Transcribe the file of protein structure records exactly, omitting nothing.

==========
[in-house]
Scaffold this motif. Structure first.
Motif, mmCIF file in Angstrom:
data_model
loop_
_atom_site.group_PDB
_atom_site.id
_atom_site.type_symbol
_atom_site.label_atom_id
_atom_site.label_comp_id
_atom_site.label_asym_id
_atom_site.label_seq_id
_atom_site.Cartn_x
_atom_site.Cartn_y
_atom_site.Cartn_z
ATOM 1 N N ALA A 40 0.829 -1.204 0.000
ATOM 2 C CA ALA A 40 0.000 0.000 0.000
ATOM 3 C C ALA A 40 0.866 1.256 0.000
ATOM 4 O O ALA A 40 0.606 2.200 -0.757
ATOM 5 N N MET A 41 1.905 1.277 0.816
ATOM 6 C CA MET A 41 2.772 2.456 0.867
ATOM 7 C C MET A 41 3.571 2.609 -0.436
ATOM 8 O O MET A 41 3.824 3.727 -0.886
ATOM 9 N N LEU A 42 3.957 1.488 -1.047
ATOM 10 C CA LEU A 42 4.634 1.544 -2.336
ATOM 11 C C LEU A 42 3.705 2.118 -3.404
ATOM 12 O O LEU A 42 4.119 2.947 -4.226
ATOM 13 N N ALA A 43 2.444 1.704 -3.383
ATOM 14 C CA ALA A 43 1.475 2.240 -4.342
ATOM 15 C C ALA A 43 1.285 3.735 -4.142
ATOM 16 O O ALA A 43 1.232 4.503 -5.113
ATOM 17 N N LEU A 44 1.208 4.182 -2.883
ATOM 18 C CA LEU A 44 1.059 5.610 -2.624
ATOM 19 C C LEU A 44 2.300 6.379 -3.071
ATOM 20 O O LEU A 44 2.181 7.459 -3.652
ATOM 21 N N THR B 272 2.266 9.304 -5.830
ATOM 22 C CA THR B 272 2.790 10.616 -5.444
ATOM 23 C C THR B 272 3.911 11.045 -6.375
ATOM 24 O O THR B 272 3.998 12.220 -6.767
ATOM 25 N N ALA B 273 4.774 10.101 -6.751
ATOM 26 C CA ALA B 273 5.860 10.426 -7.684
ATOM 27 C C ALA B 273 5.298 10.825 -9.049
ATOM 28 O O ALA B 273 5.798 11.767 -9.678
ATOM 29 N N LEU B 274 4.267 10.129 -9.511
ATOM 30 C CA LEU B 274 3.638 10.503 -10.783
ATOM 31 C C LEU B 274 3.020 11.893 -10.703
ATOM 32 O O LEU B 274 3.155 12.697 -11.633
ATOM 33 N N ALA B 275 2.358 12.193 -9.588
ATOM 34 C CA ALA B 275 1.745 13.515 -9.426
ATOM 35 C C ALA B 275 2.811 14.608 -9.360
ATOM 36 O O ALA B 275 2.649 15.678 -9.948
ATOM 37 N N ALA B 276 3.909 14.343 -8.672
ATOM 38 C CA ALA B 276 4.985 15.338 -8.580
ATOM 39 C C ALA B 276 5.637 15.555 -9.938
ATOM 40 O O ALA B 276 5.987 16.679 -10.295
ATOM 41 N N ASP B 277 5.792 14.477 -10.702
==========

[in-house]
Scaffold this motif. Structure first.
Motif, mmCIF file in Angstrom:
data_model
loop_
_atom_site.group_PDB
_atom_site.id
_atom_site.type_symbol
_atom_site.label_atom_id
_atom_site.label_comp_id
_atom_site.label_asym_id
_atom_site.label_seq_id
_atom_site.Cartn_x
_atom_site.Cartn_y
_atom_site.Cartn_z
ATOM 1 N N ALA A 40 0.829 -1.204 0.000
ATOM 2 C CA ALA A 40 0.000 0.000 0.000
ATOM 3 C C ALA A 40 0.866 1.256 0.000
ATOM 4 O O ALA A 40 0.606 2.200 -0.757
ATOM 5 N N MET A 41 1.905 1.277 0.816
ATOM 6 C CA MET A 41 2.772 2.456 0.867
ATOM 7 C C MET A 41 3.571 2.609 -0.436
ATOM 8 O O MET A 41 3.824 3.727 -0.886
ATOM 9 N N LEU A 42 3.957 1.488 -1.047
ATOM 10 C CA LEU A 42 4.634 1.544 -2.336
ATOM 11 C C LEU A 42 3.705 2.118 -3.404
ATOM 12 O O LEU A 42 4.119 2.947 -4.226
ATOM 13 N N ALA A 43 2.444 1.704 -3.383
ATOM 14 C CA ALA A 43 1.475 2.240 -4.342
ATOM 15 C C ALA A 43 1.285 3.735 -4.142
ATOM 16 O O ALA A 43 1.232 4.503 -5.113
ATOM 17 N N LEU A 44 1.208 4.182 -2.883
ATOM 18 C CA LEU A 44 1.059 5.610 -2.624
ATOM 19 C C LEU A 44 2.300 6.379 -3.071
ATOM 20 O O LEU A 44 2.181 7.459 -3.652
ATOM 21 N N THR B 272 2.266 9.304 -5.830
ATOM 22 C CA THR B 272 2.790 10.616 -5.444
ATOM 23 C C THR B 272 3.911 11.045 -6.375
ATOM 24 O O THR B 272 3.998 12.220 -6.767
ATOM 25 N N ALA B 273 4.774 10.101 -6.751
ATOM 26 C CA ALA B 273 5.860 10.426 -7.684
ATOM 27 C C ALA B 273 5.298 10.825 -9.049
ATOM 28 O O ALA B 273 5.798 11.767 -9.678
ATOM 29 N N LEU B 274 4.267 10.129 -9.511
ATOM 30 C CA LEU B 274 3.638 10.503 -10.783
ATOM 31 C C LEU B 274 3.020 11.893 -10.703
ATOM 32 O O LEU B 274 3.155 12.697 -11.633
ATOM 33 N N ALA B 275 2.358 12.193 -9.588
ATOM 34 C CA ALA B 275 1.745 13.515 -9.426
ATOM 35 C C ALA B 275 2.811 14.608 -9.360
ATOM 36 O O ALA B 275 2.649 15.678 -9.948
ATOM 37 N N ALA B 276 3.909 14.343 -8.672
ATOM 38 C CA ALA B 276 4.985 15.338 -8.580
ATOM 39 C C ALA B 276 5.637 15.555 -9.938
ATOM 40 O O ALA B 276 5.987 16.679 -10.295
ATOM 41 N N ASP B 277 5.792 14.477 -10.702